Fzf – A Quick Fuzzy File Search from Linux Terminal

Fzf is a tiny, blazing fast, general-purpose, and cross-platform command-line fuzzy finder, that helps you to search and open files quickly in Linux and Windows operating system. It is portable with no dependencies and has a flexible layout with support for Vim/Neovim plugin, key bindings, and fuzzy auto-completion.

The following GIF shows how it works.

Fzf - File Finder for Linux

To install Fzf, you need to git clone the fzf’s Github repository to any directory and run install script as shown on your Linux distribution.

$ git clone --depth 1 https://github.com/junegunn/fzf.git ~/.fzf
$ cd ~/.fzf/
$ ./install

After running the script, you will be prompted to enable fuzzy auto-completion, key bindings and update your shell configuration file. Answer y (for yes) to the questions as shown in the following screenshot.

Install Fzf in Linux
Install Fzf in Linux

On Fedora 26 and above, and Arch Linux, you can install it via a package manager as shown.

$ sudo dnf install fzf	#Fedora 26+
$ sudo pacman -S fzf	#Arch Linux 

Now that you have installed fzf, you can start using it. When you run fzf, it will open an interactive finder; reads the list of files from stdin, and writes the selected item to stdout.

Simply type the name of the file you are looking for in the prompt. When you find it, click enter and the relative path of the file will be printed to stdout.

$ fzf
Fzf Prompt
Fzf Prompt

Alternatively, you can save the relative path of the file your are searching, to a named file and view the content of the file using a utility such as cat command or bcat.

$ fzf >file
$ cat file
$ bat file

You can also use it in conjunction with the find command, for example.

$ find ./bin/ -type f | fzf >file
$ cat file

How to Use Fuzzy Completion in Bash and Zsh

To trigger fuzzy completion for files and directories, add the ** characters as a trigger sequence.

$ cat **<Tab>
Auto Completion of Filenames
Auto Completion of Filenames

You can use this feature while working with environmental variables on the command-line.

$ unset **<Tab>
$ unalias **<Tab>
$ export **<Tab>
Auto Completing Env Variable in Linux
Auto Completing Env Variable in Linux

The same applies to the ssh and telnet commands, for auto-completing host names that are read from the /etc/hosts and ~/.ssh/config.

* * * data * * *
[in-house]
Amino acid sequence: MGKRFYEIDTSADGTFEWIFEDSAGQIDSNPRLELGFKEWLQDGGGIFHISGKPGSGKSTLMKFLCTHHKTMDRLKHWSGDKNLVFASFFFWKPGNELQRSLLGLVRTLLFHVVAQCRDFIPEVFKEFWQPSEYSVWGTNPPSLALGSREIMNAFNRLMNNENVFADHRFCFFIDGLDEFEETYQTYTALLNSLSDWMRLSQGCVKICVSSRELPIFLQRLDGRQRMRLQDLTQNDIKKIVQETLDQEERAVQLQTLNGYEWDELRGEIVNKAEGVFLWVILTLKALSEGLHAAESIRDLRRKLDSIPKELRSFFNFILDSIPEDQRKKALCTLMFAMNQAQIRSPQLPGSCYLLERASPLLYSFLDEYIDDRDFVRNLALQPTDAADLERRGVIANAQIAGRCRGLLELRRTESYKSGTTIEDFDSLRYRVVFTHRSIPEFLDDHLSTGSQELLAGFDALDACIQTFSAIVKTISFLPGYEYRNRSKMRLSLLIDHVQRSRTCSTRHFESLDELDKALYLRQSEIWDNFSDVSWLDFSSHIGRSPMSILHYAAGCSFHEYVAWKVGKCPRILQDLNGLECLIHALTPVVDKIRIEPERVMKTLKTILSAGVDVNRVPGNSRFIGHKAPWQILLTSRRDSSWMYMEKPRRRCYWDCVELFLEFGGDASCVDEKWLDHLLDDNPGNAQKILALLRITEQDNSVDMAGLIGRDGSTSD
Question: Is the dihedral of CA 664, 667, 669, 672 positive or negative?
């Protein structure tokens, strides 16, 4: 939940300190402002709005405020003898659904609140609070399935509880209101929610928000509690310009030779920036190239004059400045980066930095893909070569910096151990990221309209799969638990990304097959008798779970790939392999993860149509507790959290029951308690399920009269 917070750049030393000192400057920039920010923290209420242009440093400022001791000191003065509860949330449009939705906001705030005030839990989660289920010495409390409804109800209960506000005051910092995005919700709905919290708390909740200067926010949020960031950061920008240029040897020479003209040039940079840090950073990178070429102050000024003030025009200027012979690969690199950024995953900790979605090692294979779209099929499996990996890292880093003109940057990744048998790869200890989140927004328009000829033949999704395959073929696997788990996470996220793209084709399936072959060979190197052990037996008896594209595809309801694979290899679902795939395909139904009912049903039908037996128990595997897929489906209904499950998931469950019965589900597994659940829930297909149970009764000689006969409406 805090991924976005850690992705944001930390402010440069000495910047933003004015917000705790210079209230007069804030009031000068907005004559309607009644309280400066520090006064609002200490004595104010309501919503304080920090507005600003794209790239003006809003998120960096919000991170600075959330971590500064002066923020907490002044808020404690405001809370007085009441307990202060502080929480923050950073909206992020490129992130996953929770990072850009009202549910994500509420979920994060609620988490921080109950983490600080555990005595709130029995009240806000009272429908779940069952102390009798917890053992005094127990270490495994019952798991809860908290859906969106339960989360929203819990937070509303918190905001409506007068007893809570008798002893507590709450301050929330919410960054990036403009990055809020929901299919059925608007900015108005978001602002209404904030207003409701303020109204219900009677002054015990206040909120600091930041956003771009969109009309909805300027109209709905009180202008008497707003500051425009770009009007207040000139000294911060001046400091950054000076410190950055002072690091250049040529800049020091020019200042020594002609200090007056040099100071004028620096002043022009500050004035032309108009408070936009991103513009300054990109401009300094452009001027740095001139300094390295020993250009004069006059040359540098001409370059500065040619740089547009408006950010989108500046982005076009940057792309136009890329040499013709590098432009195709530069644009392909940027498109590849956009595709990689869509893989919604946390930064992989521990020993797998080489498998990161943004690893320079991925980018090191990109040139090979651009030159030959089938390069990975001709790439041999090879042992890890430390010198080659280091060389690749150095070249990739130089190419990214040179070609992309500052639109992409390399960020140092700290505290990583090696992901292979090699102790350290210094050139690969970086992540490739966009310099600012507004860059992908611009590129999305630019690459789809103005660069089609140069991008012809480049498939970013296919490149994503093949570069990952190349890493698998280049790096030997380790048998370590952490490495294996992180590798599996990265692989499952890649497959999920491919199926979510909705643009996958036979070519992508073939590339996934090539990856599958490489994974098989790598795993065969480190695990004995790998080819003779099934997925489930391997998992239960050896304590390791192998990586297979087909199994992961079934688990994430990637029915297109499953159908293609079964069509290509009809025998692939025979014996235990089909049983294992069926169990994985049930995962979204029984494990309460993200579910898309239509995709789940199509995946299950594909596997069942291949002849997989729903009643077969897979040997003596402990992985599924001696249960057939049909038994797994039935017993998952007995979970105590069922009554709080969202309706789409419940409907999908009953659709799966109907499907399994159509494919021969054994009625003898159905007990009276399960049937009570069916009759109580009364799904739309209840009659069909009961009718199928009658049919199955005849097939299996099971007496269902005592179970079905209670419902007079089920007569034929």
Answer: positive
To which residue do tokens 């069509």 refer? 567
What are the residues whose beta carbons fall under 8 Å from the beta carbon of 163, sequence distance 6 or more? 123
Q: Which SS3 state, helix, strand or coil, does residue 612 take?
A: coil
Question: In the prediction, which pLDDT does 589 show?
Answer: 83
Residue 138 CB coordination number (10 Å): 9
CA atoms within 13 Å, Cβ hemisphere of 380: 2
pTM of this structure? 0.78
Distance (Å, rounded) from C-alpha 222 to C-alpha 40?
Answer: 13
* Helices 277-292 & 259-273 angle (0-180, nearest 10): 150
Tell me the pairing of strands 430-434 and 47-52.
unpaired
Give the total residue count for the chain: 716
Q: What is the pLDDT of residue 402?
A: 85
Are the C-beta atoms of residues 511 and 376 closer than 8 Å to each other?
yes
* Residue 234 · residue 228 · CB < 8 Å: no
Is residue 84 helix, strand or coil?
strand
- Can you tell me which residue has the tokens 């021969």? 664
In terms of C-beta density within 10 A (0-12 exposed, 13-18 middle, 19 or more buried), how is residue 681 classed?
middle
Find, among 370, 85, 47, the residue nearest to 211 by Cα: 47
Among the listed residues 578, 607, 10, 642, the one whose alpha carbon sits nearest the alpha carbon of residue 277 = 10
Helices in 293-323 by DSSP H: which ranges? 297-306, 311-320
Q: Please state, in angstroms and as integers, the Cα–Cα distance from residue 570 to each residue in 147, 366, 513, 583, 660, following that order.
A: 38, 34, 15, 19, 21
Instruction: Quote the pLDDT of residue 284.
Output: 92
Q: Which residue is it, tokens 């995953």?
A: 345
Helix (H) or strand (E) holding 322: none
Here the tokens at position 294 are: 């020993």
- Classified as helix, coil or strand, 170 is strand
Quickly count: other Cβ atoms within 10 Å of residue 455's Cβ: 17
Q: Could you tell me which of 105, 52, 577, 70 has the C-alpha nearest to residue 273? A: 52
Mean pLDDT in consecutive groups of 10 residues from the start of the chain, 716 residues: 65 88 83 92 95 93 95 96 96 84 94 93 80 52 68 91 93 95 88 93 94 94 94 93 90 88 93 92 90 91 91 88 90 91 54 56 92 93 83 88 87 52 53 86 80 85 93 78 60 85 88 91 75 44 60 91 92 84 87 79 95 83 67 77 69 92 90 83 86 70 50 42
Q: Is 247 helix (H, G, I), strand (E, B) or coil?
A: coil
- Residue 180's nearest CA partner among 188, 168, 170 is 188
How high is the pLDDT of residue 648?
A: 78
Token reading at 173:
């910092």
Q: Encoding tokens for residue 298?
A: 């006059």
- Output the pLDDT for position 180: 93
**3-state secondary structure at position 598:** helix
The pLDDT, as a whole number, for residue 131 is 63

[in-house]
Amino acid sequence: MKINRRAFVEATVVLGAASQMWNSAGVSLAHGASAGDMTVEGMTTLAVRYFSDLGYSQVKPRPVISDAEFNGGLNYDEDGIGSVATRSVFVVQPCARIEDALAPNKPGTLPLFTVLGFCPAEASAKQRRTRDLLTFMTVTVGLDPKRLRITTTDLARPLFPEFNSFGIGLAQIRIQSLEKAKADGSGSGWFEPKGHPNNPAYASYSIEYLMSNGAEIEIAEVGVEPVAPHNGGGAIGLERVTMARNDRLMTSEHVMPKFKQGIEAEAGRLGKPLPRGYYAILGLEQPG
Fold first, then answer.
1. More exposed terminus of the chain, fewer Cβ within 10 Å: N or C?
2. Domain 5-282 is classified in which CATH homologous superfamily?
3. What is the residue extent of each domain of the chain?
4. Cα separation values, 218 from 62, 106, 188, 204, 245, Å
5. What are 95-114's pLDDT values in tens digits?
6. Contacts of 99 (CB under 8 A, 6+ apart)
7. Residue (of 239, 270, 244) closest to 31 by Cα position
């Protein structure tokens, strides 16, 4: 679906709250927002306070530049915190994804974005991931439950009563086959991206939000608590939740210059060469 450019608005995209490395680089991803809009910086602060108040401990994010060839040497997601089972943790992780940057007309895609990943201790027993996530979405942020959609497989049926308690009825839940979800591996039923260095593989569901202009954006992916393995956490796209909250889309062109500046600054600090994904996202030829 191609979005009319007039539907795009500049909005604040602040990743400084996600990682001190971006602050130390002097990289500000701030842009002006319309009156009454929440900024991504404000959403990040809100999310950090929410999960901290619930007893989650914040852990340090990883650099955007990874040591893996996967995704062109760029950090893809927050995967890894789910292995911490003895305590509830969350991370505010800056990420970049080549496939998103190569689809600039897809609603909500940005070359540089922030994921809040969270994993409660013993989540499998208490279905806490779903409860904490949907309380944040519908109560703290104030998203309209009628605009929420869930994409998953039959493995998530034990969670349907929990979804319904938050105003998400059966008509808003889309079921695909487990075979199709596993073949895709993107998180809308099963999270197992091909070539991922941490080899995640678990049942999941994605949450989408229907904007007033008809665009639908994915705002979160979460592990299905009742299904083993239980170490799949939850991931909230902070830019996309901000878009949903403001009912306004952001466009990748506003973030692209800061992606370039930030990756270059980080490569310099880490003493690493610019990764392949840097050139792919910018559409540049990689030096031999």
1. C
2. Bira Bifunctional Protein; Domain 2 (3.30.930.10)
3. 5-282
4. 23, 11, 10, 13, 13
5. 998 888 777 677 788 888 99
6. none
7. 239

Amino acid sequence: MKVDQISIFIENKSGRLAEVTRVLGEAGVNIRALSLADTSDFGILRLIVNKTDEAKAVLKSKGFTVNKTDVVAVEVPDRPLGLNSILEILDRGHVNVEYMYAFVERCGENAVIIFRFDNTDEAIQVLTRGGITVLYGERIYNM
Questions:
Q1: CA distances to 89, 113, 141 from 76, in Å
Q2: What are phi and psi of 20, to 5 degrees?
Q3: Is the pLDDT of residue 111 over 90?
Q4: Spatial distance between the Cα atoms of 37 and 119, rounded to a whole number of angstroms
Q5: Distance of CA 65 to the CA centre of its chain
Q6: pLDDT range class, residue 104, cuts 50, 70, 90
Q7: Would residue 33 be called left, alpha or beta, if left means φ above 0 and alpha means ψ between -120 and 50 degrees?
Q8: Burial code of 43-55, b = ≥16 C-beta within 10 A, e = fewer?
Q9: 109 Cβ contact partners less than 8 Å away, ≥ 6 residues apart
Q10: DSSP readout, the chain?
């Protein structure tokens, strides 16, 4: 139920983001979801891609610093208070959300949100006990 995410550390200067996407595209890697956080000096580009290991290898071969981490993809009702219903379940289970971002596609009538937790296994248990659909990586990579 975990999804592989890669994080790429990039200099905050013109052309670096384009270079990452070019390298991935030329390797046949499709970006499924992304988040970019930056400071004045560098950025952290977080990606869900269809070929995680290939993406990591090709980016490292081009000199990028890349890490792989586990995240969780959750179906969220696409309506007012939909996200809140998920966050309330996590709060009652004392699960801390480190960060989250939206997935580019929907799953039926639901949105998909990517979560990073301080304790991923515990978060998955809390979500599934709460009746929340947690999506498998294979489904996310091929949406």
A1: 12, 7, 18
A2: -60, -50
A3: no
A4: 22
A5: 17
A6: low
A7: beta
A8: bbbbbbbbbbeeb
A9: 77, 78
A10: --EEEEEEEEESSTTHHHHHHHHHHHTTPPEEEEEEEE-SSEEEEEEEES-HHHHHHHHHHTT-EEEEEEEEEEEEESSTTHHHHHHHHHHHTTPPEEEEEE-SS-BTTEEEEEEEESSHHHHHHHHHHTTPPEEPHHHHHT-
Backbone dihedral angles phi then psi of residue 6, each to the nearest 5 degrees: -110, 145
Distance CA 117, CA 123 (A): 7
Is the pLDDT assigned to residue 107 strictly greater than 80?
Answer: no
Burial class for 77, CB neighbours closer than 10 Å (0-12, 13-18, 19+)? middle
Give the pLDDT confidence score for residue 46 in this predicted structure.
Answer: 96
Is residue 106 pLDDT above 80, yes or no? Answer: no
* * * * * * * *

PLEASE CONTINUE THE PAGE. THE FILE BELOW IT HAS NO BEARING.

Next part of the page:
$ ssh **<Tab>
Auto Completing Hostnames
Auto Completing Hostnames

It also works with the kill command, but without the trigger sequence as shown.

$ kill -9 <Tab>
Auto Completion for Kill Command
Auto Completion for Kill Command

How to Enable fzf as Vim plugin

To enable fzf as a vim plugin, append the following line in your Vim configuration file.

set rtp+=~/.fzf

fzf is being actively developed and can be easily upgraded to latest version using following command.

$ cd ~/.fzf && git pull && ./install

To see the complete list of usage options, run man fzf or check out its Github Repository: https://github.com/junegunn/fzf.

Read Also: The Silver Searcher – A Code Searching Tool for Programmers

Fzf is a blazing fast and general-purpose fuzzy finder for quickly searching files in Linux. It has many use cases, for example, you can configure custom usage for your shell. If you have any questions or comments, reach us via the feedback form below.

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Aaron Kili
Aaron Kili is a Linux and F.O.S.S enthusiast, an upcoming Linux SysAdmin, web developer, and currently a content creator for TecMint who loves working with computers and strongly believes in sharing knowledge.

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1 Comment

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  1. vim has its own :find command, and you can globstar a path (comma separated list) defined in your vimrc, or :cd /any_dir and run :find filename from there.

    vim will find and open the file almost instantly, and search 30 dirs deep by default (if memory serves me well), if the directory path is globstarred.

    (set path+=**,$HOME/Documents/**,$HOME/.config/**)

    You can define CDPATH (colon-separated list) in your .bashrc, and cd directly anywhere defined in $CDPATH.

    Both above examples utilized auto-completion.

    You can pipe find to grep as well. All just as fast, easy, good, or better, IMO.


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